North Carolina State University
The paper airplane experiment used research and real-life design to find the paper airplane that flies the farthest distance. It was found that numerous factors, both in design and environment, influence the distance a plane can fly. The three design factors that played the most important role in the success of the plane included the shape of the nose, either pointed or wide and flat, the length, and the wingspan. The weather conditions of the day also influence the results. Six different designs were tested and the data shows two obvious front runners whose planes flew the farthest in conditions that were not ideal for paper airplanes.
The science of airplane motion is crucial to understanding aviation. The concepts of basic aviation, like lift, drag, weight have been virtually unchanged since the time they were discovered (Magraner & Martinez-Val, 2013). Lift is the term used for how well the airplane can rise and stay in the air without other factors, like wind, assisting it. Drag and weight ensure the stability of the airplane, which keeps the aircraft from overturning. A vital aspect to a successful aircraft is the stability it obtains while flying through changing air. A stable a plane not only has a proportional amount of drag to weight but must have unwavering speed, altitude, and direction (Magraner & Martinez Val, 2013). Schlüter says wingspans that are wider and contain more surface area will have the ability to lift the aircraft allowing the pilot to make subtle changes to keep the plane stable in altitude. Straight or pointed noses on airplanes will assist in providing a steady stream of constant airflow that will allow the plane to change direction and glide through the air harmoniously (Schlüter, 2013). By constructing airplanes of different styles and throwing them with different techniques, this lab intends to uncover which paper airplanes are the most successful at flying, especially when it comes to the distance they travel. The overall flight distance, steadiness, and speed will adjust accordingly to the design of the plane and how the plane is thrown.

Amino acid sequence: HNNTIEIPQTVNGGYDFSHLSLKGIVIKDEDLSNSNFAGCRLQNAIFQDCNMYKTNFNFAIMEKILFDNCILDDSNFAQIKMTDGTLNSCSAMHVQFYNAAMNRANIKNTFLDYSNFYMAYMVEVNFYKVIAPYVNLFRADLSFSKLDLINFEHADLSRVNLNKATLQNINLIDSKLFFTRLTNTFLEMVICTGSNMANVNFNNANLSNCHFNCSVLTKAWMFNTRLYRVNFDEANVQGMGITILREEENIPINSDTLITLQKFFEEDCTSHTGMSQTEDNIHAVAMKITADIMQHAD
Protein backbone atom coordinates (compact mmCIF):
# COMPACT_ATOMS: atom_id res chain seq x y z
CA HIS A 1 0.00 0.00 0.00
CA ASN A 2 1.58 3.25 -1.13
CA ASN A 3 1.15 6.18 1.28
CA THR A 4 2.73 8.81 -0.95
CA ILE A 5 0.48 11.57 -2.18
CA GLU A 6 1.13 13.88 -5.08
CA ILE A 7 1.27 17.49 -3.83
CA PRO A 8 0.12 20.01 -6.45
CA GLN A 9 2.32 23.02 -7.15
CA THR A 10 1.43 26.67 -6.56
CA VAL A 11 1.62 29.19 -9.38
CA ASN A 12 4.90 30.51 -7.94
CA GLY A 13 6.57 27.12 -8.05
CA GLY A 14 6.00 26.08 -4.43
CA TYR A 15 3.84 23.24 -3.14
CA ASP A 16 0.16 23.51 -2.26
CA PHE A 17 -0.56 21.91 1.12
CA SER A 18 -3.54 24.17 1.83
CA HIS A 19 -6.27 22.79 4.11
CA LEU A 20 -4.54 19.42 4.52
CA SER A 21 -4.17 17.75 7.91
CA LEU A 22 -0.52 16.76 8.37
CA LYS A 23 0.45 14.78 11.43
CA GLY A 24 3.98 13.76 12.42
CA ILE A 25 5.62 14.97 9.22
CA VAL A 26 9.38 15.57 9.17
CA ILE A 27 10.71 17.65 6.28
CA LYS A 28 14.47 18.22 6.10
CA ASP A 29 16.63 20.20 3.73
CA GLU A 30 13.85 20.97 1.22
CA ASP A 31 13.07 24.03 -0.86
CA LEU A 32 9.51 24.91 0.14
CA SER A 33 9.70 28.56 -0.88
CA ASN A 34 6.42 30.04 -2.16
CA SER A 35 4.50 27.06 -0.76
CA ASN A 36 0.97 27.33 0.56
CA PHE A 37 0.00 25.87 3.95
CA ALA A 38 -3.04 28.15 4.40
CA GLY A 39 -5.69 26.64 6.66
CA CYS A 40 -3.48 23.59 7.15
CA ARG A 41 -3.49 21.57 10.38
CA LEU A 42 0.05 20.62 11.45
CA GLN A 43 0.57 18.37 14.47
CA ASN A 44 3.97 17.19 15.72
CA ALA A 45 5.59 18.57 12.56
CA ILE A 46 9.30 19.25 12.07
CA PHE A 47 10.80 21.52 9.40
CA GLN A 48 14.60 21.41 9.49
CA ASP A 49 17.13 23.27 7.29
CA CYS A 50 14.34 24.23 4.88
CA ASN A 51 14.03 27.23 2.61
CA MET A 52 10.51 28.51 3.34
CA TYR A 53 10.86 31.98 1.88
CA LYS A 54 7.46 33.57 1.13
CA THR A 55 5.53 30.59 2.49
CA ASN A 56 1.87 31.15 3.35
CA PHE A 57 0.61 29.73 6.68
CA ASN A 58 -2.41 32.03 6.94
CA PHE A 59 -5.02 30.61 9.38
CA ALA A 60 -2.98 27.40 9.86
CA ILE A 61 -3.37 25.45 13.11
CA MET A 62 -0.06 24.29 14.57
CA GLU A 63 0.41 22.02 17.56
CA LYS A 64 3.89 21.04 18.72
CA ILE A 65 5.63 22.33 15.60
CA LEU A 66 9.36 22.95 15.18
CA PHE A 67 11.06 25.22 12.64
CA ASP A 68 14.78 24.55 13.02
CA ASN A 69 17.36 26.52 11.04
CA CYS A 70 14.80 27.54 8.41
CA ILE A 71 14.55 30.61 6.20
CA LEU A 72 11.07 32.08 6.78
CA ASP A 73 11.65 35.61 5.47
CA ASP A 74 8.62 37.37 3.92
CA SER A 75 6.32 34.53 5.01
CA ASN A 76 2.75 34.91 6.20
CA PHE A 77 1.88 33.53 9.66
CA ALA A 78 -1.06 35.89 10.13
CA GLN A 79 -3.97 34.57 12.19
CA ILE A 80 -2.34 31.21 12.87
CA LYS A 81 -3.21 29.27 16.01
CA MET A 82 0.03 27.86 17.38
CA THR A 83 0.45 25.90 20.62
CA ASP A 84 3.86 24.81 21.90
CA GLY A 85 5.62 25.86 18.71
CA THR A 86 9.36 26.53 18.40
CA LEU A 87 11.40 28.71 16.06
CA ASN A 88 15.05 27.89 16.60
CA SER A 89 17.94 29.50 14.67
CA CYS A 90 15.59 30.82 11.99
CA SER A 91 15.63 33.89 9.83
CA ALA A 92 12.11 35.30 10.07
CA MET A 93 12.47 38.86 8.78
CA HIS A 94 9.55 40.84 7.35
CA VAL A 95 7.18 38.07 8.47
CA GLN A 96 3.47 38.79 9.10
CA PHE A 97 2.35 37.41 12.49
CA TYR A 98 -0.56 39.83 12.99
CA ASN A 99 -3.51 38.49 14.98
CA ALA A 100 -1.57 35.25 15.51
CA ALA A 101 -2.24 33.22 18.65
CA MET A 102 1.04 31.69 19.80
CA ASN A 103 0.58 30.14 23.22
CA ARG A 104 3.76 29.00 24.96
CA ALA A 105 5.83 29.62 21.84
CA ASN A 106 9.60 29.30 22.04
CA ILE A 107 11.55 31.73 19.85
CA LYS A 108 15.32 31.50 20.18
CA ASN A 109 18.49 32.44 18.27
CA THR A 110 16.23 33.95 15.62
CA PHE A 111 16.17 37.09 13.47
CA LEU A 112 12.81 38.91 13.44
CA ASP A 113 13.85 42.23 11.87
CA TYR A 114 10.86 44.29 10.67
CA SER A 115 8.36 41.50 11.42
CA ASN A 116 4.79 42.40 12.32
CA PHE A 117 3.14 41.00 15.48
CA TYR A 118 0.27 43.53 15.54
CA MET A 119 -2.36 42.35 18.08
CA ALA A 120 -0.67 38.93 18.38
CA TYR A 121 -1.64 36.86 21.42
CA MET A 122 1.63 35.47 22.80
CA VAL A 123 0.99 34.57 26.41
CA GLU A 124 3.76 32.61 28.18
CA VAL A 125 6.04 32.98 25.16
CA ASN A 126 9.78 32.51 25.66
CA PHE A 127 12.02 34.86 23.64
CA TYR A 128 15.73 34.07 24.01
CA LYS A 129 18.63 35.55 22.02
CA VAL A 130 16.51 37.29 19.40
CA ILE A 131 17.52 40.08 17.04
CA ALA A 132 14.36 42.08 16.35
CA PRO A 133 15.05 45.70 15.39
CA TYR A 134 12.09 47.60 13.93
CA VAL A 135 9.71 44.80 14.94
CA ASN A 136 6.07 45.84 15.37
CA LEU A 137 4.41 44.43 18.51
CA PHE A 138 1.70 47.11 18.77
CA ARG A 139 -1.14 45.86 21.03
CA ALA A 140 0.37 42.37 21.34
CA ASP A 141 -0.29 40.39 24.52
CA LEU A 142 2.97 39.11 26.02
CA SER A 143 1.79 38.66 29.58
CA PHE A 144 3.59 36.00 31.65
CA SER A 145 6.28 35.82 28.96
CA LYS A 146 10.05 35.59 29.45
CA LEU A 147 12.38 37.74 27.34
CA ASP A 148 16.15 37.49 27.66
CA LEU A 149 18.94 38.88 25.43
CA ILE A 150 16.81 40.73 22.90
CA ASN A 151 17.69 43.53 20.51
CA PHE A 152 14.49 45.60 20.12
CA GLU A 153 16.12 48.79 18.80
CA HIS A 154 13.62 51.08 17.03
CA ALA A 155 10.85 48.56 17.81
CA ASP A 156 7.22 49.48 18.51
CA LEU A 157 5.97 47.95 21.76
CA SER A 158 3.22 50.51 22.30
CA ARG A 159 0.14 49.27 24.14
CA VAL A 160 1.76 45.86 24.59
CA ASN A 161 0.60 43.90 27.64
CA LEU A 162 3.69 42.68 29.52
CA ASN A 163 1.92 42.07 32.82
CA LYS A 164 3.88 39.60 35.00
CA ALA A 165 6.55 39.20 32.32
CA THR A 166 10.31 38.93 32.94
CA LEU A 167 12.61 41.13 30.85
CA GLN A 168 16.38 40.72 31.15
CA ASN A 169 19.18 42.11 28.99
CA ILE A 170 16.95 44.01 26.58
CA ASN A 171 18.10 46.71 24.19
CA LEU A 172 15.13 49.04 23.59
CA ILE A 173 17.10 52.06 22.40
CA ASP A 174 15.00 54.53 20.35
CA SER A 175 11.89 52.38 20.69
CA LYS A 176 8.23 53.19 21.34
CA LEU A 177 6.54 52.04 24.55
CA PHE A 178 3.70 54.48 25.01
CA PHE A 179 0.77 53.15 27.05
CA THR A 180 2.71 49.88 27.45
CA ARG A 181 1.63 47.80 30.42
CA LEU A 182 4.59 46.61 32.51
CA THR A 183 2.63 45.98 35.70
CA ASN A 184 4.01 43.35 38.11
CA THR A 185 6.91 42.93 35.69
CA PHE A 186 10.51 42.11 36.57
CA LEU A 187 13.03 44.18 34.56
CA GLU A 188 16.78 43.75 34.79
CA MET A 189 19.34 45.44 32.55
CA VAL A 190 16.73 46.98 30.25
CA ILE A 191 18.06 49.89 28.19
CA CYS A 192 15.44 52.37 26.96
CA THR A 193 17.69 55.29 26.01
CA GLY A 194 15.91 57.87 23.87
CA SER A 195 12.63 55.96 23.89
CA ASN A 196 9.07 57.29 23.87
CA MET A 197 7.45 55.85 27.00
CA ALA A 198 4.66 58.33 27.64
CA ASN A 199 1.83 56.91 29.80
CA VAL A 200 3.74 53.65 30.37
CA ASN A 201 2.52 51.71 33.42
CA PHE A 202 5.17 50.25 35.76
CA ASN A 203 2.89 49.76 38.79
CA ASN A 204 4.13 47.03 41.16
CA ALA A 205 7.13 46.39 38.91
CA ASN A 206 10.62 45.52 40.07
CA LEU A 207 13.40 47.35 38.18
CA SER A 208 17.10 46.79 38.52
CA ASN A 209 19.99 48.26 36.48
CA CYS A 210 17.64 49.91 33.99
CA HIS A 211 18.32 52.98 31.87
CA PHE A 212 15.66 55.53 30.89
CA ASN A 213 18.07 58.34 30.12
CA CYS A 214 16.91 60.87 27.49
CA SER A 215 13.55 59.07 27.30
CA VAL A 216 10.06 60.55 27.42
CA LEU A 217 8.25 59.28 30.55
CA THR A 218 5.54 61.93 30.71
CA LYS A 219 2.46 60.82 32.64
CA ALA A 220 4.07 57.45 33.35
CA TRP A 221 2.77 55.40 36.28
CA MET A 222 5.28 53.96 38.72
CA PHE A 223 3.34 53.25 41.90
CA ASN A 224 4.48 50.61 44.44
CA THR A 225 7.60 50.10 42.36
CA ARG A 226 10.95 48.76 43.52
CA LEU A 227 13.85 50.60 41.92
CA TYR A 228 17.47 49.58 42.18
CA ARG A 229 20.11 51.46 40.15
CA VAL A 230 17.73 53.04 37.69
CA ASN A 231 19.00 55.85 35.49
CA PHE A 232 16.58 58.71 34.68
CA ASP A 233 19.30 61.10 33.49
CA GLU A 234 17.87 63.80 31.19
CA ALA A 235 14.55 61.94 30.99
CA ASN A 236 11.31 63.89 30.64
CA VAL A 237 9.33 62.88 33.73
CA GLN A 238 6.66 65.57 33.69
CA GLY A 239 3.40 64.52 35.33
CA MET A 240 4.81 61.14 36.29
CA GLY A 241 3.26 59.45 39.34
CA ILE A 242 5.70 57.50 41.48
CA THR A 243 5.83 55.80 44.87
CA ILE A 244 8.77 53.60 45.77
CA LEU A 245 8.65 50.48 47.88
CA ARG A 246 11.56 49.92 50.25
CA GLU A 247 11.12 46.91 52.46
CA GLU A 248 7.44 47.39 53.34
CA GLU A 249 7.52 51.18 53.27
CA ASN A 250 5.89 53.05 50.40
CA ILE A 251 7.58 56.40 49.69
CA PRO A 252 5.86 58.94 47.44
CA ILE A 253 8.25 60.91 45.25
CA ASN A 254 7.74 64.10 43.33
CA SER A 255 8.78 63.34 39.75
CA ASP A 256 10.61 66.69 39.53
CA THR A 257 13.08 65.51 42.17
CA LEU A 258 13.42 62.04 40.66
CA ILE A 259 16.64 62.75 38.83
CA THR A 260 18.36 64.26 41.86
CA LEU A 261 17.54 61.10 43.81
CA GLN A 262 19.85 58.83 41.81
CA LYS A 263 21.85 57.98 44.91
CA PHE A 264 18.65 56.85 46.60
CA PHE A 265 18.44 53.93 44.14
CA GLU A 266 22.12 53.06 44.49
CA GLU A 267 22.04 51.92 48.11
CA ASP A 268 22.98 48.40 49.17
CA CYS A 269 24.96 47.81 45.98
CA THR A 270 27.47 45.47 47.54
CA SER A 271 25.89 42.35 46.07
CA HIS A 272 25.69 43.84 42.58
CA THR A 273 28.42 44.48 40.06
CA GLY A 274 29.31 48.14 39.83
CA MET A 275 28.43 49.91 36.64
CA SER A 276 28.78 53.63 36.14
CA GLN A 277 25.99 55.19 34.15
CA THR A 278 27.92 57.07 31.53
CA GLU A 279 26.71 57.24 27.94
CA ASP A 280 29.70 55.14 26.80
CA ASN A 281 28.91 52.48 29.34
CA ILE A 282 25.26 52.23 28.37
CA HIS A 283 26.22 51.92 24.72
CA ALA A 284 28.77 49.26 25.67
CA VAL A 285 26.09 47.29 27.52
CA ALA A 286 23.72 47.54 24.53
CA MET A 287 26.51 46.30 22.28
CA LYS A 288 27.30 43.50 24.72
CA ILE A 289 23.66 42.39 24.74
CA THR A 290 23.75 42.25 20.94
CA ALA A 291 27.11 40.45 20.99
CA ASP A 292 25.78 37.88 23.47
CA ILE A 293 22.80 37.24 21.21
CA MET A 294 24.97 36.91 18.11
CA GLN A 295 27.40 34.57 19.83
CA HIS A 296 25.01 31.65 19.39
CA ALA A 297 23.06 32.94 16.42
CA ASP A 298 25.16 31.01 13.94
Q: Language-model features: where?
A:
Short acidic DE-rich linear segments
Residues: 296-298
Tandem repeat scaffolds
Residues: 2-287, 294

When considering these findings it is evident that a paper airplane that is stable will be the most successful at flying a far distance. While looking for paper airplane designs that show characteristics of stability, the Floating Paper Airplane came to the forefront. This airplane has wide, flat wings that allow plenty of moving air to flow underneath and provide lift. The sharp edged nose streamlines through air providing a fast traveling speed. Other designs featured a pointed nose with a longer body style, like the Long Distance Paper Glider, The Suzanne, The Dragon, and the Late Riser. The Super Swooper had wider and flatter style like the Floating Paper Airplane did. A plane’s form of “thrust” is the throwers arm instead of an engine. A powerful throw must be used to give the plane enough speed to catch air under its wings and glide further. With these aspects of basic successful aircraft and technique, it is predicted that fast traveling speed with a heightened mount of lift will keep the airplane flying for prolonged amounts of time.
Different types of paper were used and some used tape to secure edges and make the aircraft streamlined. Group 1 used a sheet of notebook paper. Group 2 used standard printer paper with a piece of tape on the middle seam in the front and a piece of tape on the middle seam in the back. Group 3 used a piece of legal pad paper, with a piece of scotch tape securing the middle seam. Group 4 and 5 both used a plain piece of printer paper with no tape or accessories. Group 6 used a piece of printer paper with ink on it.
Transposing online designs into a sheet of paper requires precision to detail. For the floating paper airplane, the nose had to be a straight and even